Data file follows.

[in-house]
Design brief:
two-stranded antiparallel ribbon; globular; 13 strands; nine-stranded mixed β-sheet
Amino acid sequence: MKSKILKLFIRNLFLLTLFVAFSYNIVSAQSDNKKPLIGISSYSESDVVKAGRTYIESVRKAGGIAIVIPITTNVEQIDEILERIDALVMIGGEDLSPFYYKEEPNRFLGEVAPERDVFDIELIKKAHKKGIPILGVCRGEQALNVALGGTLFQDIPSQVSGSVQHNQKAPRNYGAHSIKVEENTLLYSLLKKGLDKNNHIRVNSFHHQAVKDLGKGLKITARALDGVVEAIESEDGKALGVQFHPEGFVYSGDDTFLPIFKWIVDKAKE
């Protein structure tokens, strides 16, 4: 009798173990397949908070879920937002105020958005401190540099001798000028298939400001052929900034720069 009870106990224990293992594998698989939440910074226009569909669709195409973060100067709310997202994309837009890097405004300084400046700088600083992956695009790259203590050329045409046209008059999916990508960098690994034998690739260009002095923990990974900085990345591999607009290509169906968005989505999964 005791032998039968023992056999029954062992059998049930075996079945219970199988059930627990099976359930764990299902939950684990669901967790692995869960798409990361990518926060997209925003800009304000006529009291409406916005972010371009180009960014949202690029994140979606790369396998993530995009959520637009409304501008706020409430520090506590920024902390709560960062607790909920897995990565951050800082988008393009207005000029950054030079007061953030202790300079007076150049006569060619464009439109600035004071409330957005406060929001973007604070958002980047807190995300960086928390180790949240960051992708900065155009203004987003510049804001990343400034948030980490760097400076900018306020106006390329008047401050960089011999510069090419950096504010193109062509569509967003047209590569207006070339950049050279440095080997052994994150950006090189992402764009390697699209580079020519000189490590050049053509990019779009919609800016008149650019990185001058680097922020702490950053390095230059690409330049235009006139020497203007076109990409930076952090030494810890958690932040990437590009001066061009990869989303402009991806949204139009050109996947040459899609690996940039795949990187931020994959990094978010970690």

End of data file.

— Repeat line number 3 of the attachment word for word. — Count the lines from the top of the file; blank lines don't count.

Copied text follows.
two-stranded antiparallel ribbon; globular; 13 strands; nine-stranded mixed β-sheet